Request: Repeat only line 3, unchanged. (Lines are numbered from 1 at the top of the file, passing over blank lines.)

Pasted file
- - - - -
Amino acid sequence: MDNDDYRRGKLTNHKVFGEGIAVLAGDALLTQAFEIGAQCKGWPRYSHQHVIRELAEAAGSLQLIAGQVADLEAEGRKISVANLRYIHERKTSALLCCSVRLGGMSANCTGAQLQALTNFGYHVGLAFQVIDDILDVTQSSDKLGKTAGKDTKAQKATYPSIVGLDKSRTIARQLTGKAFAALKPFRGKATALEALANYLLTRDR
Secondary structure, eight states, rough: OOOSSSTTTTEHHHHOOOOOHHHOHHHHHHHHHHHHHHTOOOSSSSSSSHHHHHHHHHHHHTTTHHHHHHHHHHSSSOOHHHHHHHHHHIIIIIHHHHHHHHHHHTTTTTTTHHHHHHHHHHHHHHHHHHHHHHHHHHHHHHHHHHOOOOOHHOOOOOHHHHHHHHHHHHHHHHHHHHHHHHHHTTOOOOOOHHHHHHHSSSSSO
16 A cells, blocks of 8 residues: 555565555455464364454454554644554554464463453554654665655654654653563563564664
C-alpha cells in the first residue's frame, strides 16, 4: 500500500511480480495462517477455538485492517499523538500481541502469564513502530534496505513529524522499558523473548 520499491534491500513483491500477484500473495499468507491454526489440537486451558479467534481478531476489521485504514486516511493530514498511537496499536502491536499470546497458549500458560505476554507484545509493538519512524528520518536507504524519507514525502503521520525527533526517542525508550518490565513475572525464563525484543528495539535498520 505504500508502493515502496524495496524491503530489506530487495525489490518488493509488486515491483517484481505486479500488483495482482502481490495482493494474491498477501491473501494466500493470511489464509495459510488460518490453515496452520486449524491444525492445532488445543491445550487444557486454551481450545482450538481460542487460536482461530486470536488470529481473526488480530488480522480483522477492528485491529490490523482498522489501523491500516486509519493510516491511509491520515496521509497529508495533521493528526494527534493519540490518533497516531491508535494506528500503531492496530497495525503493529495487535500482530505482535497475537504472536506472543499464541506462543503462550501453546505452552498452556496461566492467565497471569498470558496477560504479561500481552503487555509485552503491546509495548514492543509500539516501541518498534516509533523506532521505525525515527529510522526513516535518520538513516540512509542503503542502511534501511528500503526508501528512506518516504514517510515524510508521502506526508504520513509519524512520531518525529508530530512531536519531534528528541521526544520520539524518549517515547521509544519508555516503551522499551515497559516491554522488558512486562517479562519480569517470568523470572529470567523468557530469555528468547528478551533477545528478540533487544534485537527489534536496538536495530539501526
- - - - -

16 A cells, blocks of 8 residues: 555565555455464364454454554644554554464463453554654665655654654653563563564664